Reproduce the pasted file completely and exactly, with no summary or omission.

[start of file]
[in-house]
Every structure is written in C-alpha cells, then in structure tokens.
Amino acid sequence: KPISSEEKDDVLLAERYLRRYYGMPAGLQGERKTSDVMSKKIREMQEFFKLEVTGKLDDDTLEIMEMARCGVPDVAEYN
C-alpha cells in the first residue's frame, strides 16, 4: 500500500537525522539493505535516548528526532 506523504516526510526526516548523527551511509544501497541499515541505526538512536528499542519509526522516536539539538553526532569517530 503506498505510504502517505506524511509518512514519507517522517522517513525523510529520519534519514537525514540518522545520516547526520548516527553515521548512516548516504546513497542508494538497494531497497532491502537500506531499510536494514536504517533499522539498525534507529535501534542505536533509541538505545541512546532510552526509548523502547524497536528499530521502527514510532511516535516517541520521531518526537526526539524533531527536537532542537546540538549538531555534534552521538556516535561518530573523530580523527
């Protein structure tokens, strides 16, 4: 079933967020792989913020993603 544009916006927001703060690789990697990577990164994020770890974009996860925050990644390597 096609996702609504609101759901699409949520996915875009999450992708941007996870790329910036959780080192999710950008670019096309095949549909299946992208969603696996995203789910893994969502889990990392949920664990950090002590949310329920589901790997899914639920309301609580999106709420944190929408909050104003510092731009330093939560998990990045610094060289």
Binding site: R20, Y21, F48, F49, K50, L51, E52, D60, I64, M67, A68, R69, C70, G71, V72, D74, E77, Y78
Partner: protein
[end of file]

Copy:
[in-house]
Every structure is written in C-alpha cells, then in structure tokens.
Amino acid sequence: KPISSEEKDDVLLAERYLRRYYGMPAGLQGERKTSDVMSKKIREMQEFFKLEVTGKLDDDTLEIMEMARCGVPDVAEYN
C-alpha cells in the first residue's frame, strides 16, 4: 500500500537525522539493505535516548528526532 506523504516526510526526516548523527551511509544501497541499515541505526538512536528499542519509526522516536539539538553526532569517530 503506498505510504502517505506524511509518512514519507517522517522517513525523510529520519534519514537525514540518522545520516547526520548516527553515521548512516548516504546513497542508494538497494531497497532491502537500506531499510536494514536504517533499522539498525534507529535501534542505536533509541538505545541512546532510552526509548523502547524497536528499530521502527514510532511516535516517541520521531518526537526526539524533531527536537532542537546540538549538531555534534552521538556516535561518530573523530580523527
């Protein structure tokens, strides 16, 4: 079933967020792989913020993603 544009916006927001703060690789990697990577990164994020770890974009996860925050990644390597 096609996702609504609101759901699409949520996915875009999450992708941007996870790329910036959780080192999710950008670019096309095949549909299946992208969603696996995203789910893994969502889990990392949920664990950090002590949310329920589901790997899914639920309301609580999106709420944190929408909050104003510092731009330093939560998990990045610094060289």
Binding site: R20, Y21, F48, F49, K50, L51, E52, D60, I64, M67, A68, R69, C70, G71, V72, D74, E77, Y78
Partner: protein